The Omi protein and related proteins are found in all organisms, including bacteria. In the latter, Omi-related proteins function as “molecular sensors” of cellular stresses, Dr. Alnemri says.

“Our next step is to find out whether Omi in humans functions as a sensor of mitochondrial stress and to understand at the molecular level how Omi regulates mitochondrial function,” he says.

Steven Benowitz | TJUH
Further information:
http://www.jeffersonhospital.org/news/e3front.dll?durki=17158

More articles from Health and Medicine:

nachricht 3D images of cancer cells in the body: Medical physicists from Halle present new method
16.05.2018 | Martin-Luther-Universität Halle-Wittenberg

nachricht Better equipped in the fight against lung cancer
16.05.2018 | Friedrich-Alexander-Universität Erlangen-Nürnberg

All articles from Health and Medicine >>>

The most recent press releases about innovation >>>

Die letzten 5 Focus-News des innovations-reports im Überblick:

Im Focus: LZH showcases laser material processing of tomorrow at the LASYS 2018

At the LASYS 2018, from June 5th to 7th, the Laser Zentrum Hannover e.V. (LZH) will be showcasing processes for the laser material processing of tomorrow in hall 4 at stand 4E75. With blown bomb shells the LZH will present first results of a research project on civil security.

At this year's LASYS, the LZH will exhibit light-based processes such as cutting, welding, ablation and structuring as well as additive manufacturing for...

Im Focus: Self-illuminating pixels for a new display generation

There are videos on the internet that can make one marvel at technology. For example, a smartphone is casually bent around the arm or a thin-film display is rolled in all directions and with almost every diameter. From the user's point of view, this looks fantastic. From a professional point of view, however, the question arises: Is that already possible?

At Display Week 2018, scientists from the Fraunhofer Institute for Applied Polymer Research IAP will be demonstrating today’s technological possibilities and...

Im Focus: Explanation for puzzling quantum oscillations has been found

So-called quantum many-body scars allow quantum systems to stay out of equilibrium much longer, explaining experiment | Study published in Nature Physics

Recently, researchers from Harvard and MIT succeeded in trapping a record 53 atoms and individually controlling their quantum state, realizing what is called a...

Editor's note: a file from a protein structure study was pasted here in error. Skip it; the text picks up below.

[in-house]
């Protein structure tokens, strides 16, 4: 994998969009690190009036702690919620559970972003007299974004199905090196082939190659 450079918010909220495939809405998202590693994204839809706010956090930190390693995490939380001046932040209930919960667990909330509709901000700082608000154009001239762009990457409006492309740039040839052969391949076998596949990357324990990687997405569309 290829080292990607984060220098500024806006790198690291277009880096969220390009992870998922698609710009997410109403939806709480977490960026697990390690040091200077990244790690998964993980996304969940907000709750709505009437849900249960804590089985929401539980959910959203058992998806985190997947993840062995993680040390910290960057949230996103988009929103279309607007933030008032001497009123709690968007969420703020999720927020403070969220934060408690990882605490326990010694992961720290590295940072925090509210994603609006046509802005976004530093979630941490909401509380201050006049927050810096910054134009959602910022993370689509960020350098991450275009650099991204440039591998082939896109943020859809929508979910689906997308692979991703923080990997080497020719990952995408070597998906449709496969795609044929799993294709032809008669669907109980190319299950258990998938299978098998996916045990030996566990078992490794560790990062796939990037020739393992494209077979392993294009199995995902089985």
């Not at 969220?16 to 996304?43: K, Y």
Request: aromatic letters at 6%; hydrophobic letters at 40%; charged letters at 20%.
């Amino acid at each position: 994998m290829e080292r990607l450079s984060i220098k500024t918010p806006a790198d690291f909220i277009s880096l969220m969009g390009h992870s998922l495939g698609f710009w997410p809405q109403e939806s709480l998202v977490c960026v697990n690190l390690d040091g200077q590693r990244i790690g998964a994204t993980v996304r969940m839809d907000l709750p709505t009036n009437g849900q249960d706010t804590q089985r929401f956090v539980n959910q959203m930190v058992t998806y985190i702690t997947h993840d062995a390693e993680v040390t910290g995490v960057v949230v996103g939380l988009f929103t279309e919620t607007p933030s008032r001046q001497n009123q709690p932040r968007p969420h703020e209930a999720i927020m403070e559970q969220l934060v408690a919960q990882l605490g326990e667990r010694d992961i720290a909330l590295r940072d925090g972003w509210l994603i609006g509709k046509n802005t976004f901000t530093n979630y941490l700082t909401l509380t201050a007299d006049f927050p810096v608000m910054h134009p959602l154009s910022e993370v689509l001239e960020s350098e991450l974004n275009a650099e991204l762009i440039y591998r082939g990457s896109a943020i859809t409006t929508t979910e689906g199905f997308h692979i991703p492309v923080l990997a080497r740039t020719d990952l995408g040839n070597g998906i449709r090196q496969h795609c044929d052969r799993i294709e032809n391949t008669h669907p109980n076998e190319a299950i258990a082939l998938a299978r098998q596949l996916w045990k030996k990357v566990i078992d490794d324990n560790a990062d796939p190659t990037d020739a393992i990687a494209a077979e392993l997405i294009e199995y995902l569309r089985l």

Im Focus: Dozens of binaries from Milky Way's globular clusters could be detectable by LISA

Next-generation gravitational wave detector in space will complement LIGO on Earth

The historic first detection of gravitational waves from colliding black holes far outside our galaxy opened a new window to understanding the universe. A...

Im Focus: Entangled atoms shine in unison

A team led by Austrian experimental physicist Rainer Blatt has succeeded in characterizing the quantum entanglement of two spatially separated atoms by observing their light emission. This fundamental demonstration could lead to the development of highly sensitive optical gradiometers for the precise measurement of the gravitational field or the earth's magnetic field.

The age of quantum technology has long been heralded. Decades of research into the quantum world have led to the development of methods that make it possible...

All Focus news of the innovation-report >>>

Anzeige

Anzeige

VideoLinks
Industry & Economy
Event News

Save the date: Forum European Neuroscience – 07-11 July 2018 in Berlin, Germany

02.05.2018 | Event News

Invitation to the upcoming "Current Topics in Bioinformatics: Big Data in Genomics and Medicine"

13.04.2018 | Event News

Unique scope of UV LED technologies and applications presented in Berlin: ICULTA-2018

12.04.2018 | Event News

 
Latest News

Designer cells: artificial enzyme can activate a gene switch

22.05.2018 | Life Sciences

PR of MCC: Carbon removal from atmosphere unavoidable for 1.5 degree target

22.05.2018 | Earth Sciences

Achema 2018: New camera system monitors distillation and helps save energy

22.05.2018 | Trade Fair News

VideoLinks
Science & Research
Overview of more VideoLinks >>>